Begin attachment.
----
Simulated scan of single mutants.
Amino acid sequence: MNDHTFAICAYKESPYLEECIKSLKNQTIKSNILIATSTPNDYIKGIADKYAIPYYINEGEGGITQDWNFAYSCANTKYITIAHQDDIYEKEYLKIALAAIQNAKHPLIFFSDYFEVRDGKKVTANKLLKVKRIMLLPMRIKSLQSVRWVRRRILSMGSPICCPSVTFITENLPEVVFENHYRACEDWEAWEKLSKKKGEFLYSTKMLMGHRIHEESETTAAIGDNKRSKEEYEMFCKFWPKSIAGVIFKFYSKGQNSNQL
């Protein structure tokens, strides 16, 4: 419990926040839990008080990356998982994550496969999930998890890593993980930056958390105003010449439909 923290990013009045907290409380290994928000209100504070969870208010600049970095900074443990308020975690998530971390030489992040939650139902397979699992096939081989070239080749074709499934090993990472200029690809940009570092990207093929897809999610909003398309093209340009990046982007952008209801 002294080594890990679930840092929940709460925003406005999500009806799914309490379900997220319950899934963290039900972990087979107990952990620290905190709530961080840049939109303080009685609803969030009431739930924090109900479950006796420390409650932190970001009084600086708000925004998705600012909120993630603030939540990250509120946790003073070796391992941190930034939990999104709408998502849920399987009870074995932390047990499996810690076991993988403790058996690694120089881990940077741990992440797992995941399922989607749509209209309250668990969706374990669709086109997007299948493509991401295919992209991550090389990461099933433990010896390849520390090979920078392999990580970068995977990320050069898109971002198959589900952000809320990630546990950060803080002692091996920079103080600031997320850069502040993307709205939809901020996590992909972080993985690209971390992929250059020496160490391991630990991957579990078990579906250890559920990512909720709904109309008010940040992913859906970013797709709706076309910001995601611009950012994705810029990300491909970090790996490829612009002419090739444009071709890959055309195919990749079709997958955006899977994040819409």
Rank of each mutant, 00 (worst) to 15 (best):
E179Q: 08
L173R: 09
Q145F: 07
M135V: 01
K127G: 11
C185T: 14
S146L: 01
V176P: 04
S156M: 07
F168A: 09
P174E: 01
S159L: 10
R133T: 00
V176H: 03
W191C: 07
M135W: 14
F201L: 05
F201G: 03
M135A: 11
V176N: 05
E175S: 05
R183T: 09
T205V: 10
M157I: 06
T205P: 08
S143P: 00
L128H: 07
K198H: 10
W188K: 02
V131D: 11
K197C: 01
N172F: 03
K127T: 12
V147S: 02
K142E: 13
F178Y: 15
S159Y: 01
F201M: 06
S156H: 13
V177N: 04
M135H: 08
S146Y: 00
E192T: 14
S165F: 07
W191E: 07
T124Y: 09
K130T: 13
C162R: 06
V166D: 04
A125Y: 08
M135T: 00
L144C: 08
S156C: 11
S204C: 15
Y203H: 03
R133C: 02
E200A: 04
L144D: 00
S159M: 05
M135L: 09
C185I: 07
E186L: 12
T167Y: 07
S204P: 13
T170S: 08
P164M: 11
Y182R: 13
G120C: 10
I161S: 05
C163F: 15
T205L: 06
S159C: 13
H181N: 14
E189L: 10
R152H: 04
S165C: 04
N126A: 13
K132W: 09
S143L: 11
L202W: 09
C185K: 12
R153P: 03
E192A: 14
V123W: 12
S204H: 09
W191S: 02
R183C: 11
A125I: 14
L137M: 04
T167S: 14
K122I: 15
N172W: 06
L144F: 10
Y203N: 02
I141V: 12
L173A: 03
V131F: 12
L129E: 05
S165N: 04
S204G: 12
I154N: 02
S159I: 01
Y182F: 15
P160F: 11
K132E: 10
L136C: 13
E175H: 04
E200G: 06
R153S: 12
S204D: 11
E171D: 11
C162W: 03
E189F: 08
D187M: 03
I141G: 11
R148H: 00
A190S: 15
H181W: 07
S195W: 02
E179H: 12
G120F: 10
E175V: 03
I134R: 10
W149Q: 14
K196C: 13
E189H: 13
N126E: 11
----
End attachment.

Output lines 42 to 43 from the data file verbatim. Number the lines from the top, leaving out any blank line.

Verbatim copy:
F201M: 06
S156H: 13